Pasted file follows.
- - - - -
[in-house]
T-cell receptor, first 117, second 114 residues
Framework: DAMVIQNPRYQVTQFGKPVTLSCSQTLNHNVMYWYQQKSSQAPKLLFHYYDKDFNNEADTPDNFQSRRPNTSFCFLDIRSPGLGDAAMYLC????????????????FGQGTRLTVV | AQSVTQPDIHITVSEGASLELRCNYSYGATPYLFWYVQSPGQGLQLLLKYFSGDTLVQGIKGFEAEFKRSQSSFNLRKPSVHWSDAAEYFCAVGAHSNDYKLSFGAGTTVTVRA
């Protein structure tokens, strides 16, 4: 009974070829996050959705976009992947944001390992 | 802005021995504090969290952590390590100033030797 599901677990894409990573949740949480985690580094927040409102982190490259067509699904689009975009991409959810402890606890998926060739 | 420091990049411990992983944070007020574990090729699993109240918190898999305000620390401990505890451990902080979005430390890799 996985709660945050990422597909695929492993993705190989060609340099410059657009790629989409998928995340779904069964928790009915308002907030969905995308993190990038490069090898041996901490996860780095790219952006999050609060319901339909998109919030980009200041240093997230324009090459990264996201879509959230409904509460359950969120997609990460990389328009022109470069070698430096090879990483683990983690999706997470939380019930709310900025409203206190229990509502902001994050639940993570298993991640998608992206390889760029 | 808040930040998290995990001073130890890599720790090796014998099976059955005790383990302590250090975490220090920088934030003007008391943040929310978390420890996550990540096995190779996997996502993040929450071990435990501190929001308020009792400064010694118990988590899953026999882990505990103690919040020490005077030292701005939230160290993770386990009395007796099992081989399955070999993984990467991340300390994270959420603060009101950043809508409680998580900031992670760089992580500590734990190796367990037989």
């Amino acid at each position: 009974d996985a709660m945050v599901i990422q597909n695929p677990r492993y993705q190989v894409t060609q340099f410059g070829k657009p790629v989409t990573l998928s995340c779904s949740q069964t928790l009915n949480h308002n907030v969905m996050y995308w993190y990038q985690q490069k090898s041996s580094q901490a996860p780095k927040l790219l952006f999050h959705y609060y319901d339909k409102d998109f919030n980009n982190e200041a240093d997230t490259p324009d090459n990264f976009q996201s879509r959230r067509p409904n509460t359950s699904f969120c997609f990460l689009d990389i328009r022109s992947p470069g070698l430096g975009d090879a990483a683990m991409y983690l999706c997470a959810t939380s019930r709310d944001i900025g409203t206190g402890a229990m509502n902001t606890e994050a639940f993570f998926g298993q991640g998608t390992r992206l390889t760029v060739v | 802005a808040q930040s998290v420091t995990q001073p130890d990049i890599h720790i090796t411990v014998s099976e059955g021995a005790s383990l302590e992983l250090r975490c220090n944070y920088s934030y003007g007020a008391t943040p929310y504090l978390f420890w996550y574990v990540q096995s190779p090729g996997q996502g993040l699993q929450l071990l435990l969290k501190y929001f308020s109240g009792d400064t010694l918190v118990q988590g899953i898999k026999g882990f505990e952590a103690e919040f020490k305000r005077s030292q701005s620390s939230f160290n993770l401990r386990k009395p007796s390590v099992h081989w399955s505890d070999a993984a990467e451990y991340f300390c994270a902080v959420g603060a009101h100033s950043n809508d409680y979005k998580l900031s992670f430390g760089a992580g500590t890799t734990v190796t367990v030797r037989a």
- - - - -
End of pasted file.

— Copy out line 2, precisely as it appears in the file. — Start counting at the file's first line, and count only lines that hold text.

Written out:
T-cell receptor, first 117, second 114 residues